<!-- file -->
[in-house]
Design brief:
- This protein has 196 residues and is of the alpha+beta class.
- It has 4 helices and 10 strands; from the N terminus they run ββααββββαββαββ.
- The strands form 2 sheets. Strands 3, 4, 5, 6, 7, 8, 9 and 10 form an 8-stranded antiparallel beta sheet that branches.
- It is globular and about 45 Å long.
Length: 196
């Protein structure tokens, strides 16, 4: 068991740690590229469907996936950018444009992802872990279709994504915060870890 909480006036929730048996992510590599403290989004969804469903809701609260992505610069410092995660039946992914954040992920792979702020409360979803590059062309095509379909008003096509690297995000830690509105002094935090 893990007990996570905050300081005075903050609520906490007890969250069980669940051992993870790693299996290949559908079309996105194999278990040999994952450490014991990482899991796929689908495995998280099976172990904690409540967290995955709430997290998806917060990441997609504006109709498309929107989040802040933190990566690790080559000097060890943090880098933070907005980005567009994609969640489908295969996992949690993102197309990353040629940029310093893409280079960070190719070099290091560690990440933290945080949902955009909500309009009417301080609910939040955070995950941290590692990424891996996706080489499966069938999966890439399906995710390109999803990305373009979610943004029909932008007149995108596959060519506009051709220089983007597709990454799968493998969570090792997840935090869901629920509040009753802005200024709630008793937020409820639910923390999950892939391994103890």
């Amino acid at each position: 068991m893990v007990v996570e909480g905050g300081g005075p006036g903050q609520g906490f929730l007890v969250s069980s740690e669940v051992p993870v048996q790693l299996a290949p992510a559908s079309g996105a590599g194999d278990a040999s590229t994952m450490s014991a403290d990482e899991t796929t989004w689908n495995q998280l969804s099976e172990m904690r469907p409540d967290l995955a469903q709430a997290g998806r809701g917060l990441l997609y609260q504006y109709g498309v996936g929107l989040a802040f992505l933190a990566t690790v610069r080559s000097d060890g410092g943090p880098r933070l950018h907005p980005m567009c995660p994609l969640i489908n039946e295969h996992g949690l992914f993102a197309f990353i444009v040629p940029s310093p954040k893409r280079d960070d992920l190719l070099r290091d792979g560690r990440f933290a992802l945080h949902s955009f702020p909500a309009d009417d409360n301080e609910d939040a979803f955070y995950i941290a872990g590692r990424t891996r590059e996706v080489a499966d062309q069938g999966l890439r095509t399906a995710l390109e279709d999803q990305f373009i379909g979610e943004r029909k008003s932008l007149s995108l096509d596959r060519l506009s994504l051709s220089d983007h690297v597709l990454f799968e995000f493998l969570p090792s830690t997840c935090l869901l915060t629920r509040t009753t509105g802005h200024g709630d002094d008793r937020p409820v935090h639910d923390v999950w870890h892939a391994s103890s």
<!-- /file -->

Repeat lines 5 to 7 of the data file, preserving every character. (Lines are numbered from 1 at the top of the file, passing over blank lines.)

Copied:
- The strands form 2 sheets. Strands 3, 4, 5, 6, 7, 8, 9 and 10 form an 8-stranded antiparallel beta sheet that branches.
- It is globular and about 45 Å long.
Length: 196